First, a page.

Although bringing Falcao in to Stamford Bridge someday seems like a great thing on the surface, there are a number of negative possibilities to consider.
A common thing many players on Chelsea have to deal with is constantly falling back in the pecking order because of new acquisitions and often being loaned out as players, like Josh McEachran, Yossi Benayoun, Thibaut Courtois and Kevin De Bruyne can all attest to.
Many players the Blues have been developing for years seem permanently stuck in the system, and some talents like Marin, Victor Moses and even 18-year-old Lucas Piazón should be getting more playing time to see how they can assimilate into the club.
Getting Falcao might provide some needed depth but may also stymie Torres’ and Sturridge’s confidence, as well as hinder any progress and potential playing time for youngsters like Piazón and talented 19-year-old Romelu Lukaku, who is now out on loan at West Bromwich Albion.
Reports that Chelsea will make a £48 million bid for Falcao have been circulating for almost two months now, and who knows how high his asking price may eventually climb to in the coming months.
As a laundry list of the world’s most popular and lucrative clubs line up to try to ink Falcao to a deal, there’s no doubt a bidding war will be breaking out for his services.
The club that secures the bid may overpay by as much as almost £20 million just to get him from Los Rojiblancos, who currently have a financial dilemma on their hands.
Paddy Power currently lists Chelsea as the odds-on favorite (5/6) to land Falcao, with Manchester City (4/1), Paris Saint-Germain (4/1), Real Madrid (7/1), Barcelona (8/1) and a couple of other clubs also in the running.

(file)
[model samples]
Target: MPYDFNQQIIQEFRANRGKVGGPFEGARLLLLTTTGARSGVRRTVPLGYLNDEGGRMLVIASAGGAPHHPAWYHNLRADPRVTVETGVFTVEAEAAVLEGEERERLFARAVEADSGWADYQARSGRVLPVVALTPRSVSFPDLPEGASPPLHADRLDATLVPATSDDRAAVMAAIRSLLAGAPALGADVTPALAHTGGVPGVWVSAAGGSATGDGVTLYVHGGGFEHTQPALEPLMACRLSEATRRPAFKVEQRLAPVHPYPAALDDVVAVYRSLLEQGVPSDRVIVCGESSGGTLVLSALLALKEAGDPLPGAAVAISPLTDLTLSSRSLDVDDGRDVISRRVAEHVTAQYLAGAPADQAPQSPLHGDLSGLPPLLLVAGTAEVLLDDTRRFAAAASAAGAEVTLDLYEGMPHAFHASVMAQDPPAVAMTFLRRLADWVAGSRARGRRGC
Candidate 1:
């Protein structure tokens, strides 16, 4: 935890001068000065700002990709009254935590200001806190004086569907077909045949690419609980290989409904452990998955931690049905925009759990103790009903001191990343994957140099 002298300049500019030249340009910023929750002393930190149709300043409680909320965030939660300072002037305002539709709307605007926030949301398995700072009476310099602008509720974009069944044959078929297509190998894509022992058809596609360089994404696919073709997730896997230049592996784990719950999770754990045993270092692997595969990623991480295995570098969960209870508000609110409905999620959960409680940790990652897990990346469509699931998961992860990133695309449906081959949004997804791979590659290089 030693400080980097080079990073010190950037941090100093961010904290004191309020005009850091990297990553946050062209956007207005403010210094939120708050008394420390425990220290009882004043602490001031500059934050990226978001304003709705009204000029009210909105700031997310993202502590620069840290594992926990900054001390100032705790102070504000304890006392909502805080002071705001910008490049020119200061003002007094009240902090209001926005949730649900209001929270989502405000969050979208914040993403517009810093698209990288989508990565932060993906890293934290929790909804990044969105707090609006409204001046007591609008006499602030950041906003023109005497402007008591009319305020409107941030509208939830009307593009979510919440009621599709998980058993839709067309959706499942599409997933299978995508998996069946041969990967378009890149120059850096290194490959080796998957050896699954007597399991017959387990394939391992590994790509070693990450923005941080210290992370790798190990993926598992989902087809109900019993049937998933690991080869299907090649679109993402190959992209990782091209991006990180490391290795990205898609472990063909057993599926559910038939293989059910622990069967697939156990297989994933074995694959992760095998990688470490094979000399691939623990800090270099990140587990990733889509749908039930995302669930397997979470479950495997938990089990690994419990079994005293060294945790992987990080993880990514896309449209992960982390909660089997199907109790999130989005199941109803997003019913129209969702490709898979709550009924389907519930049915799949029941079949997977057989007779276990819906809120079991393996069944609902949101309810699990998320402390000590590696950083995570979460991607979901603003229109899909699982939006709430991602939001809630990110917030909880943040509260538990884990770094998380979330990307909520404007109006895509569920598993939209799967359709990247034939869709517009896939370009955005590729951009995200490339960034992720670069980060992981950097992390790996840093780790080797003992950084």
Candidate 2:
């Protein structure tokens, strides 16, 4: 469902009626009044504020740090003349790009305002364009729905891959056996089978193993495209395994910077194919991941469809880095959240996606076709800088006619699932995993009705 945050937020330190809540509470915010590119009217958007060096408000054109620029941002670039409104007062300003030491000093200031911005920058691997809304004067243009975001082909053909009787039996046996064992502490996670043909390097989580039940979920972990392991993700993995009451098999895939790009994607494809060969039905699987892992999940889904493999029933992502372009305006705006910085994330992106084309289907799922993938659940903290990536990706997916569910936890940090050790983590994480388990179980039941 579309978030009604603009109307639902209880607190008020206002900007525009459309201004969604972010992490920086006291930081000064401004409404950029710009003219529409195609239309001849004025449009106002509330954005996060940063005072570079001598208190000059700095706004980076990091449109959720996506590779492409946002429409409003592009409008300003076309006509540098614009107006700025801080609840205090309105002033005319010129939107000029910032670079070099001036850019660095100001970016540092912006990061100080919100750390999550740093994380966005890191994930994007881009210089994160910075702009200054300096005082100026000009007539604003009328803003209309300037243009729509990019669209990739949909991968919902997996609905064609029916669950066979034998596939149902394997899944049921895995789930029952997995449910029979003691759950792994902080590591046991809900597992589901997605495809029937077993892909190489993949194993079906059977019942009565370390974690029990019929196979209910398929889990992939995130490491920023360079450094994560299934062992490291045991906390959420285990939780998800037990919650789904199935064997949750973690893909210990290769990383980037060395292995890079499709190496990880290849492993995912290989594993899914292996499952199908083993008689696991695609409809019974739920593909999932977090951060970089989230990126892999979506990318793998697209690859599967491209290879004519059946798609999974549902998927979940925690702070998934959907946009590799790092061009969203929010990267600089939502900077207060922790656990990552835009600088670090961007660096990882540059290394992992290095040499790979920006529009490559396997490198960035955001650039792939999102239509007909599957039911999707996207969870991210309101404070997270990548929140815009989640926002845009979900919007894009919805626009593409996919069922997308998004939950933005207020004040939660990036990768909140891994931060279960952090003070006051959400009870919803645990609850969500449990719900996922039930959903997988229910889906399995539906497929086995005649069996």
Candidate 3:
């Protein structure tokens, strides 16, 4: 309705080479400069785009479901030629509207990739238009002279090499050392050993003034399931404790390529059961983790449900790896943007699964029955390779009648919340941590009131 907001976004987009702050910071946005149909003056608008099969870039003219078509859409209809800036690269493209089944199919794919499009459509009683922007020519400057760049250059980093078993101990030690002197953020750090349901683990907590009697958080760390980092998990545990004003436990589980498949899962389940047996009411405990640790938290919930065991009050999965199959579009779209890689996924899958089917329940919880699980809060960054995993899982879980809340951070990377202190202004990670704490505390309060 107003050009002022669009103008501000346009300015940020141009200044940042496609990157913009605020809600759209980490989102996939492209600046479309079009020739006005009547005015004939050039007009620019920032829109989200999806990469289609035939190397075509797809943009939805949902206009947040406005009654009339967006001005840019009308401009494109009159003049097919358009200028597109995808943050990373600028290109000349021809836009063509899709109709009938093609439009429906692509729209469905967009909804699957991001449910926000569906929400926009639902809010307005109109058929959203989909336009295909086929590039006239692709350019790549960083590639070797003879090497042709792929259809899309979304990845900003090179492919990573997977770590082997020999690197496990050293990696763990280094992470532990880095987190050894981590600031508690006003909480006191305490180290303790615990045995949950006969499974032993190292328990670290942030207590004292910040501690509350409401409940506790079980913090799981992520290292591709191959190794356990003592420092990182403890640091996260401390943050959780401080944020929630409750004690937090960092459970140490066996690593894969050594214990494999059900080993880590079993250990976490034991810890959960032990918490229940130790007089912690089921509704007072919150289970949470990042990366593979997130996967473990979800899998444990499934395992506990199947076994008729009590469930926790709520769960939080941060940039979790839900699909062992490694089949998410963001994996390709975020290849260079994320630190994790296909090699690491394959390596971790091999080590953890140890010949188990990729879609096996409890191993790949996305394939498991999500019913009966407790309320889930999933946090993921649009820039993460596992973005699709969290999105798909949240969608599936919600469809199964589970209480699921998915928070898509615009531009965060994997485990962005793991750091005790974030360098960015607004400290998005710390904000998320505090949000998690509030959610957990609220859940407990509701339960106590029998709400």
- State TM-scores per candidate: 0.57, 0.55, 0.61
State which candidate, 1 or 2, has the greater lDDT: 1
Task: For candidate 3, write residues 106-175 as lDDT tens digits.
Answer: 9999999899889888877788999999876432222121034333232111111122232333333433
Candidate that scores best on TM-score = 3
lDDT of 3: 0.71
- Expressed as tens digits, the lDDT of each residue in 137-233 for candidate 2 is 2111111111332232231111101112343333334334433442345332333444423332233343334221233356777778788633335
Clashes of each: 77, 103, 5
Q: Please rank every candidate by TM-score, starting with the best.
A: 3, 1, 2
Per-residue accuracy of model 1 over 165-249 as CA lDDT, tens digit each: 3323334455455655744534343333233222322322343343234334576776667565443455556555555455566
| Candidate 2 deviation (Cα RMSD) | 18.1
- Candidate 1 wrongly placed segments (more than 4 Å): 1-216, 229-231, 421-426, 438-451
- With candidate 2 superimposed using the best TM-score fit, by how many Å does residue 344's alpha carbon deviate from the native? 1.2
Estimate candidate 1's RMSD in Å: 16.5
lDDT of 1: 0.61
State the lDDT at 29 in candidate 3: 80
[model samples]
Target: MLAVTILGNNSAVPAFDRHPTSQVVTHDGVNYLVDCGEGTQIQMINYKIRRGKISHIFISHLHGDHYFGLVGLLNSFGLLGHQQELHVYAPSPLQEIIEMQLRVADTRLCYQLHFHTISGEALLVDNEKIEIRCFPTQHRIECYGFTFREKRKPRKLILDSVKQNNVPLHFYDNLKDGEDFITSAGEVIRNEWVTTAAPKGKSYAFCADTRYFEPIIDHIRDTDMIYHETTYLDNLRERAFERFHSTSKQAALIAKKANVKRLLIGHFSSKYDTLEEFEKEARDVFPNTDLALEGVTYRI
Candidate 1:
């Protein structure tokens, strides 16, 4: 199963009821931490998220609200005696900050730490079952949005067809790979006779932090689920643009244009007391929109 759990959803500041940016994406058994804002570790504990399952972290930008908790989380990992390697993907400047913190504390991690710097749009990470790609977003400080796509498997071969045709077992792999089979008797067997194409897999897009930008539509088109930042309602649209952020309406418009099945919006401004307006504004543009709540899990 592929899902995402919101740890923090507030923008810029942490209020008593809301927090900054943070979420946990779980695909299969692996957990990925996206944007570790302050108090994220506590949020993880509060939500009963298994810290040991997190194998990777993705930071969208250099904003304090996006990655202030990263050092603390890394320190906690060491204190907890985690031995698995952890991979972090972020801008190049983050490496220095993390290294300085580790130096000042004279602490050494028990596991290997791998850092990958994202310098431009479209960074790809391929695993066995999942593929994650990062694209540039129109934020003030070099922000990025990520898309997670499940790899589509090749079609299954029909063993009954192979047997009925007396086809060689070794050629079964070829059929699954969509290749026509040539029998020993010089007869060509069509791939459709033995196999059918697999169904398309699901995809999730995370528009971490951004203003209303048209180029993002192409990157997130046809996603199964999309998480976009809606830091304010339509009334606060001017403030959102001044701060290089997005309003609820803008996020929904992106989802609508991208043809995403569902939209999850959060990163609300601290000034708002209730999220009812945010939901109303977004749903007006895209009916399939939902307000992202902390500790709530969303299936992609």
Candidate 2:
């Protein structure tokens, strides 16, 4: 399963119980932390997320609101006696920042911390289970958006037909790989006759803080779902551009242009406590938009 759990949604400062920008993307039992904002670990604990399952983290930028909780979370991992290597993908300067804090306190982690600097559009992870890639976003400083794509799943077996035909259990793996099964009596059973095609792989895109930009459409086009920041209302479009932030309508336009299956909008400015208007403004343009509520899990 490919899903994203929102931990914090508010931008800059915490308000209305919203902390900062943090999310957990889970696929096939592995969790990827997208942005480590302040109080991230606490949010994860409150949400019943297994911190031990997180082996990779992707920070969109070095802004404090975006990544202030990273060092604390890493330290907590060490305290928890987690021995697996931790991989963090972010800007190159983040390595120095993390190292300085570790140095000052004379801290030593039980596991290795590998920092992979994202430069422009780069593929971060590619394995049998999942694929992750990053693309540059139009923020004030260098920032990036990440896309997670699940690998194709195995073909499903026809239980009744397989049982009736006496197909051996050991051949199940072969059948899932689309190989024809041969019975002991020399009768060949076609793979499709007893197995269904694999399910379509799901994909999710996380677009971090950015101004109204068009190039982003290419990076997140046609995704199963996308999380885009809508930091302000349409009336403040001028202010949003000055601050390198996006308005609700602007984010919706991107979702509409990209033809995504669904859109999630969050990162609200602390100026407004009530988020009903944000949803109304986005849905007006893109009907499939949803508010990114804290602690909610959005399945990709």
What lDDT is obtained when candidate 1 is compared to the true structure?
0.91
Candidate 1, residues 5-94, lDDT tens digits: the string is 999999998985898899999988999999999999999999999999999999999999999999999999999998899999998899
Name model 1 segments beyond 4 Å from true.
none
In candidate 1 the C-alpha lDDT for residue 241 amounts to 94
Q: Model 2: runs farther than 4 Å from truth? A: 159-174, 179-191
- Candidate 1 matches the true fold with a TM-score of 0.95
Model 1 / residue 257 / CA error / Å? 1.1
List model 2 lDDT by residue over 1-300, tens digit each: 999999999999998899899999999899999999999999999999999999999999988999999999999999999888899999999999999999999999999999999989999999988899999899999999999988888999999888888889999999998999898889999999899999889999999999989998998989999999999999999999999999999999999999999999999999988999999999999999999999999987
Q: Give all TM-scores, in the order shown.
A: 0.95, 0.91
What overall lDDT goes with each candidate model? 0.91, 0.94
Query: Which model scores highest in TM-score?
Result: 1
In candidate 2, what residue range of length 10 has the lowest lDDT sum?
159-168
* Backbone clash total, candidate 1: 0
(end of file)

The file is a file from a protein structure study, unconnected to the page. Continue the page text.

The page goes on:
While it looks the right thing to do on paper presently, Chelsea doesn’t need to go that far back in its history to remember the last time it overpaid for a highly publicized striker and what transpired.
Ever since the electric Colombian striker lit the Blues up with a hat trick in Atlético Madrid’s 4-1 dismemberment of Chelsea on August 31 in the UEFA Super Cup in Monaco, talk of him coming to Stamford Bridge has been rampant.
Such seems to be a common theme for the wealthy Blues.
And whether it's their fault or not, rumors of simply trying to buy a star player from an opponent after he has left his mark on the west London club always seem to crop up, as they did last week with Willian after host Shakhtar Donetsk defeated Chelsea in Champions League group stage play.
And having that rap is not a good look for a team like Chelsea, who has such a talented youth program and has a number of quality players currently out on loan.
It’s sort of like having a rich daddy who can buy you a toy once you’ve seen how much fun it is and how much it means to one of your playmates.